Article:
We were consistently trying to manage her treatments while still keeping her on track to graduate from high school.  All she wanted was to be a normal kid.  She had been accepted to several colleges, and really wanted to attend Columbia College.  Her high school experience was so miserable, so her Dad and I really wanted this for her.  After all she had been through, dropping Carter off in Chicago, knowing I wouldn’t be in the same city if she needed help, was one of the hardest things I have ever done.  

Carter still struggled with her illness, but she was thriving at film school.  She was asked to work on several films, which was a big deal.  She’d work long days to complete a project, and then need a week to recover physically.  At the end of her first semester, Canine Therapy Corps brought dogs onto campus to help students de-stress during final exams.  Of course Carter, a lifelong animal lover, was there, along with 600 other students.  It was overwhelming for her, but being near dogs again was a great experience.  

Carter returned to school for the Spring 2015 semester, and her first week back, she became terribly ill again.  She missed multiple weeks of school, and one night, I received a terrifying phone call from her saying she couldn’t move her head or neck and could barely walk.  I flew to Chicago the next day to be with my daughter.

She saw several doctors and they had to run multiple days of tests.  These were some of the longest days of my life, and all of the frustrations of not being able to diagnose Carter’s Lyme disease flooded back.  We found out she would need surgery to have her tonsils removed, and she would have two open wounds at back of throat and a scar on her neck from removing a lymph node.  We had to withdraw her from school, and my daughter was angry and upset.  She’d just gotten her life back, and now it was being taken away again.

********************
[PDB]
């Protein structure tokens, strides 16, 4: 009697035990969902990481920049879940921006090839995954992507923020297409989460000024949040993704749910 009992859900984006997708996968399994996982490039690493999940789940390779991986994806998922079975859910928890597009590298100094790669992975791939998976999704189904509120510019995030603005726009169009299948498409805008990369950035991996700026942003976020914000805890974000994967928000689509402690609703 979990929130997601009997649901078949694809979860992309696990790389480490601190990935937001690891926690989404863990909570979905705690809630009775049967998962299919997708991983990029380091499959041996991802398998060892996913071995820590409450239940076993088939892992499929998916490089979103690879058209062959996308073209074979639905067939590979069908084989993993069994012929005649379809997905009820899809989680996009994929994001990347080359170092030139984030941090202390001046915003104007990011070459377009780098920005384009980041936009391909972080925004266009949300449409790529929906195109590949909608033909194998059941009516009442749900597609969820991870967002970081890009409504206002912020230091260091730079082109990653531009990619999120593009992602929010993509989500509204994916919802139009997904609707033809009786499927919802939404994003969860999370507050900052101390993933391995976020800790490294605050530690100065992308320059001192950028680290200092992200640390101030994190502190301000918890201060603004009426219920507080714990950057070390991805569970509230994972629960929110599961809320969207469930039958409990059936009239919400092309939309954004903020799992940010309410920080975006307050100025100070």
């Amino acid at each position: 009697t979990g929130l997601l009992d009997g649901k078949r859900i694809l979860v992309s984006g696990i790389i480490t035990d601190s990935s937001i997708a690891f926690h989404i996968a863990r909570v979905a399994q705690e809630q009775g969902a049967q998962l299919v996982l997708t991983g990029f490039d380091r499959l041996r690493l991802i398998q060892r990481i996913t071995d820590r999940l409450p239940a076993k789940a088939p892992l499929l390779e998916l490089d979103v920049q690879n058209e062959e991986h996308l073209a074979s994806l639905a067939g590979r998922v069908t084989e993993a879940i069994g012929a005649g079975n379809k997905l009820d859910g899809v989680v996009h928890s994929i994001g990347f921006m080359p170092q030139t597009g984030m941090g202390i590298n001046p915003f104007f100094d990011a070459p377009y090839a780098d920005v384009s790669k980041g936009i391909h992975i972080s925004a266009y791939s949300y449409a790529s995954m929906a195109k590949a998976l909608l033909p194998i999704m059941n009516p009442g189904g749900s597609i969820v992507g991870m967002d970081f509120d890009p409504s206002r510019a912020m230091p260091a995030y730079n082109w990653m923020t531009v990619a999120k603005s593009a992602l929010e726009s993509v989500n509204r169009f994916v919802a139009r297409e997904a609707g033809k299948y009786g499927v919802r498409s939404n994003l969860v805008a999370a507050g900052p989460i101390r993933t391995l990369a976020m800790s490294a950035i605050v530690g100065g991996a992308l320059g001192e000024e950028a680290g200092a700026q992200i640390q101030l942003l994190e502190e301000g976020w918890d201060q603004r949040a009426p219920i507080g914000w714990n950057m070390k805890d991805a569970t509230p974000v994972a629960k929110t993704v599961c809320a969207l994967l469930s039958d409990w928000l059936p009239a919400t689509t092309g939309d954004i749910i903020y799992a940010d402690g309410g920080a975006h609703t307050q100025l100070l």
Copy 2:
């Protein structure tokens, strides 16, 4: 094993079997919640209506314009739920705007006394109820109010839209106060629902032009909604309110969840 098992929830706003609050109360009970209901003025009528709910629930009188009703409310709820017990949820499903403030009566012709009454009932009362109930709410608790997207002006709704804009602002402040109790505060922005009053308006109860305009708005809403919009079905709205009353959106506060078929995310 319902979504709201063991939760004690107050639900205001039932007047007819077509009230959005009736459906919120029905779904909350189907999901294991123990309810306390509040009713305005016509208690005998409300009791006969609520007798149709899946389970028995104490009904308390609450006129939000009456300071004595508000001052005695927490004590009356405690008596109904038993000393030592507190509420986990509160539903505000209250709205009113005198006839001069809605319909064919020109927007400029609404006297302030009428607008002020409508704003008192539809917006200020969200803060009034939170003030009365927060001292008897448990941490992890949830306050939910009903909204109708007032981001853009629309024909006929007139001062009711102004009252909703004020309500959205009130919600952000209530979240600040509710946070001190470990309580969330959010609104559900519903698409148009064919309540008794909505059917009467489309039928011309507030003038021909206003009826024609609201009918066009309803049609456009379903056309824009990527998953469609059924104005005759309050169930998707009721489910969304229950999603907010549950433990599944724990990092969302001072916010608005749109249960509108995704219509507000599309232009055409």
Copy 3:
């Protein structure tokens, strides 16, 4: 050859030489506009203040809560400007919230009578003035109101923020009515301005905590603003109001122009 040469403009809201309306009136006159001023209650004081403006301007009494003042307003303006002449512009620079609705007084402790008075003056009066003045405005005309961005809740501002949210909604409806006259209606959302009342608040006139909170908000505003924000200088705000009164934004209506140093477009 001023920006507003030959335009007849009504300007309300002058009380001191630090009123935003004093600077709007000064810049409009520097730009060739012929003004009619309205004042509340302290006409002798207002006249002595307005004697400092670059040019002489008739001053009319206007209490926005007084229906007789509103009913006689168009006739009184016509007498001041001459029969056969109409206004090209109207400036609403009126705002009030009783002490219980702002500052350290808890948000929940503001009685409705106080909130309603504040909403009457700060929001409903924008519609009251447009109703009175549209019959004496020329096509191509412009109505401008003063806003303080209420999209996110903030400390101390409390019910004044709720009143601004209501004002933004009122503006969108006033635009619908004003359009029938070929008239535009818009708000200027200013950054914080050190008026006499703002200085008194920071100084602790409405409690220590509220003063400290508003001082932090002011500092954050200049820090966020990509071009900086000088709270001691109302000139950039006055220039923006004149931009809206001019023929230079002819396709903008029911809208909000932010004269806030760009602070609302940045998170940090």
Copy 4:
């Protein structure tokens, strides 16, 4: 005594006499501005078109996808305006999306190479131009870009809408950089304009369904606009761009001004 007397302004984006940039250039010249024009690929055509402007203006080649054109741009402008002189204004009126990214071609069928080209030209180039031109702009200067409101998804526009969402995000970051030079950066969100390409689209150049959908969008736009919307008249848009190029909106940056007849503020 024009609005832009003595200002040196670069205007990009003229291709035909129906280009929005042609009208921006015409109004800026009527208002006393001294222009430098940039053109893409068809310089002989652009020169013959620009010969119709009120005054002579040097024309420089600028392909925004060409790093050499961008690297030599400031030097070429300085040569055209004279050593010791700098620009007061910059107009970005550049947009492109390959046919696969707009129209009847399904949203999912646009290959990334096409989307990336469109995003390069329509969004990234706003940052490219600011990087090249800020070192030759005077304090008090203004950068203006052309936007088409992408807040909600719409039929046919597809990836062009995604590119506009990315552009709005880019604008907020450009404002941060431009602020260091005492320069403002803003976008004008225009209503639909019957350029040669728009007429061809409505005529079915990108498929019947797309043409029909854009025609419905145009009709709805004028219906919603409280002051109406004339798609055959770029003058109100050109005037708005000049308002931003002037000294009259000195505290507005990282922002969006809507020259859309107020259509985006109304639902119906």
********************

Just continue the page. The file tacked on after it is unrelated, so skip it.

When they scheduled the surgery, I knew we had to do something to keep Carter’s spirits up.  Knowing how much Carter loved dogs, and how much she missed C.C., I went to the internet to look for local therapy dog groups.  I found Canine Therapy Corps, and called them right away.  They were very accommodating and sympathetic to what Carter and I had been going through.  While they did not usually visit Carter’s floor of the hospital, they went out of their way to arrange a special visit with one of the therapy dogs.  They made sure to get the appropriate approvals from Carter’s doctors and the hospital staff, overcoming several obstacles to make it happen.  Their sincerity and compassion was evident, and I could tell that the staff and volunteers really wanted to help my daughter in any way they could.  They made sure the visit would be done safely given Carter’s illness, but balanced by being professional and working within the hospital’s rules with a big heart and a can-do attitude.